Hubble view of star-forming region S106
Hubble/Subaru composite of star-forming region S 106
Ground-based view of the area around star-forming region S 106
Hubblecast 51: Star-forming region S 106
Animation of S 106
Zooming in on S 106
Pan over S 106
Artist’s impression of S 106
Despite the celestial colours of this picture, there is nothing peaceful about star forming region Sh 2-106, or S106 for short. A devilish young star, named S106 IR, lies in it and ejects material at high speed, which disrupts the gas and dust around it. The star has a mass about 15 times that of the Sun and is in the final stages of its formation. It will soon quieten down by entering the main sequence, the adult stage of stellar life.
The young star also heats up the surrounding gas, making it reach temperatures of 10 000 degrees Celsius. The star’s radiation ionises the hydrogen lobes, making them glow. The light from this glowing gas is coloured blue in this image.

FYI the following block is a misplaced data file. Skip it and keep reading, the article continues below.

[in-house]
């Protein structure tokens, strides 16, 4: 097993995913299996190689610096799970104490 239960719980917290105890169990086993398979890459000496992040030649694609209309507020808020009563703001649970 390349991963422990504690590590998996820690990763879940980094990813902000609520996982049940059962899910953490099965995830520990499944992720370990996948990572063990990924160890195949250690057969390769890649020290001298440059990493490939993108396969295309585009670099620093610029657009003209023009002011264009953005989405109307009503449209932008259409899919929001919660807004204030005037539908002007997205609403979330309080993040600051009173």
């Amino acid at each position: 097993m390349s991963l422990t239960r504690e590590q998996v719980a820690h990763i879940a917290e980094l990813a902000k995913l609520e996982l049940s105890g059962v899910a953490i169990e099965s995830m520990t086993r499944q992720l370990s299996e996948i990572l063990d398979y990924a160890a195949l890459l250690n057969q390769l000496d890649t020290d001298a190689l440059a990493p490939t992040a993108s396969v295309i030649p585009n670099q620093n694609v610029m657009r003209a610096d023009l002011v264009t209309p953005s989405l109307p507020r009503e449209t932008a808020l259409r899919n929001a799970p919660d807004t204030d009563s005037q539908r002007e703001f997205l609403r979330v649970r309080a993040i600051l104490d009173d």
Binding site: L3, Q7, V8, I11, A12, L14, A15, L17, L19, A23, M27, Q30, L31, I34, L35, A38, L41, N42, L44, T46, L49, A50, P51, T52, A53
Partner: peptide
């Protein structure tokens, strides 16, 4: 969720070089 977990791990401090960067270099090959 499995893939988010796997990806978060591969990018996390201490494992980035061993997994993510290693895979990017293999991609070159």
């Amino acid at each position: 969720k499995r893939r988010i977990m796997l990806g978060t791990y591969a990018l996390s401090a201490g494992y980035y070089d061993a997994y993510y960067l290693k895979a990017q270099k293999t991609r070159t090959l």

Separating these regions of glowing gas is a cooler, thick lane of dust, appearing red in the image. This dark material almost completely hides the ionising star from view, but the young object can still be seen peeking through the widest part of the dust lane.
S106 was the 106th object to be catalogued by the astronomer Stewart Sharpless in the 1950s. It is a few thousand light-years distant in the direction of Cygnus (The Swan). The cloud itself is relatively small by the standards of star-forming regions, around 2 light-years along its longest axis. This is about half the distance between the Sun and Proxima Centauri, our nearest stellar neighbour.
The Hubble Space Telescope is a project of international cooperation between ESA and NASA.
Image credit: NASA, ESA and the Hubble Heritage Team (STScI/AURA)
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